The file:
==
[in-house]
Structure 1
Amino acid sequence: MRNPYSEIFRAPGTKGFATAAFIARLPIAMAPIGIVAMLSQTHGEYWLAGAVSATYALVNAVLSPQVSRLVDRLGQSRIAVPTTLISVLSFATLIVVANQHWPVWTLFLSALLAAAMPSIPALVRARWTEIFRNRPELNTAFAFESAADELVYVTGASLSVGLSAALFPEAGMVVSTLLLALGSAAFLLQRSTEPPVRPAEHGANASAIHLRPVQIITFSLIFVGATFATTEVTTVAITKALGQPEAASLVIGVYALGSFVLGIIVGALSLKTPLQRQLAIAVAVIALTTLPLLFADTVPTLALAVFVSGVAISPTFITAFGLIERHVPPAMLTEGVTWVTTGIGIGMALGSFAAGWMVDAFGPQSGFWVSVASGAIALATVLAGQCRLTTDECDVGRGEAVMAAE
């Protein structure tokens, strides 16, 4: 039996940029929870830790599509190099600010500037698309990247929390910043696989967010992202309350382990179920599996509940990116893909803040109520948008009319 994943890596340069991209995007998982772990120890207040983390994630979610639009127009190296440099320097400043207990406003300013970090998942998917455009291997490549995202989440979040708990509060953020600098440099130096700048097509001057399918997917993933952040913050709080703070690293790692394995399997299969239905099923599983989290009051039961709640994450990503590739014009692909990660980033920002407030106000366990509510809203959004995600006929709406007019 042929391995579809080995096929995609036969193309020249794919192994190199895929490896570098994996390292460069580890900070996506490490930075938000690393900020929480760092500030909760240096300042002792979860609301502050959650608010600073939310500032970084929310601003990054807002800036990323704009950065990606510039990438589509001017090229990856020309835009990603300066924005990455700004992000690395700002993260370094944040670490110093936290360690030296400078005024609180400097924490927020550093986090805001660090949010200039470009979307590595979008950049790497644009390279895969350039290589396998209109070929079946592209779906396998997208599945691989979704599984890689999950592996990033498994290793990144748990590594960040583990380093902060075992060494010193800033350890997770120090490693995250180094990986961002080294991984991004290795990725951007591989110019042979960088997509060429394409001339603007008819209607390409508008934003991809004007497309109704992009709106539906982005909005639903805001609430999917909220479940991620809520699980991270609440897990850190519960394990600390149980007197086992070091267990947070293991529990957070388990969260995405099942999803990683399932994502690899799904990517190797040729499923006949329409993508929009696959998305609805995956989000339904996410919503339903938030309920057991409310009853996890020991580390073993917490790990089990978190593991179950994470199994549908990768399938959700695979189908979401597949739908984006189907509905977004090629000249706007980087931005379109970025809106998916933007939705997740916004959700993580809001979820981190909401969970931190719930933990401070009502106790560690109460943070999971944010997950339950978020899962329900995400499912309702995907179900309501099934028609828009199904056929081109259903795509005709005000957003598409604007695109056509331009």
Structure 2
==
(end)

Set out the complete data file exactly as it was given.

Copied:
[in-house]
Structure 1
Amino acid sequence: MRNPYSEIFRAPGTKGFATAAFIARLPIAMAPIGIVAMLSQTHGEYWLAGAVSATYALVNAVLSPQVSRLVDRLGQSRIAVPTTLISVLSFATLIVVANQHWPVWTLFLSALLAAAMPSIPALVRARWTEIFRNRPELNTAFAFESAADELVYVTGASLSVGLSAALFPEAGMVVSTLLLALGSAAFLLQRSTEPPVRPAEHGANASAIHLRPVQIITFSLIFVGATFATTEVTTVAITKALGQPEAASLVIGVYALGSFVLGIIVGALSLKTPLQRQLAIAVAVIALTTLPLLFADTVPTLALAVFVSGVAISPTFITAFGLIERHVPPAMLTEGVTWVTTGIGIGMALGSFAAGWMVDAFGPQSGFWVSVASGAIALATVLAGQCRLTTDECDVGRGEAVMAAE
């Protein structure tokens, strides 16, 4: 039996940029929870830790599509190099600010500037698309990247929390910043696989967010992202309350382990179920599996509940990116893909803040109520948008009319 994943890596340069991209995007998982772990120890207040983390994630979610639009127009190296440099320097400043207990406003300013970090998942998917455009291997490549995202989440979040708990509060953020600098440099130096700048097509001057399918997917993933952040913050709080703070690293790692394995399997299969239905099923599983989290009051039961709640994450990503590739014009692909990660980033920002407030106000366990509510809203959004995600006929709406007019 042929391995579809080995096929995609036969193309020249794919192994190199895929490896570098994996390292460069580890900070996506490490930075938000690393900020929480760092500030909760240096300042002792979860609301502050959650608010600073939310500032970084929310601003990054807002800036990323704009950065990606510039990438589509001017090229990856020309835009990603300066924005990455700004992000690395700002993260370094944040670490110093936290360690030296400078005024609180400097924490927020550093986090805001660090949010200039470009979307590595979008950049790497644009390279895969350039290589396998209109070929079946592209779906396998997208599945691989979704599984890689999950592996990033498994290793990144748990590594960040583990380093902060075992060494010193800033350890997770120090490693995250180094990986961002080294991984991004290795990725951007591989110019042979960088997509060429394409001339603007008819209607390409508008934003991809004007497309109704992009709106539906982005909005639903805001609430999917909220479940991620809520699980991270609440897990850190519960394990600390149980007197086992070091267990947070293991529990957070388990969260995405099942999803990683399932994502690899799904990517190797040729499923006949329409993508929009696959998305609805995956989000339904996410919503339903938030309920057991409310009853996890020991580390073993917490790990089990978190593991179950994470199994549908990768399938959700695979189908979401597949739908984006189907509905977004090629000249706007980087931005379109970025809106998916933007939705997740916004959700993580809001979820981190909401969970931190719930933990401070009502106790560690109460943070999971944010997950339950978020899962329900995400499912309702995907179900309501099934028609828009199904056929081109259903795509005709005000957003598409604007695109056509331009």
Structure 2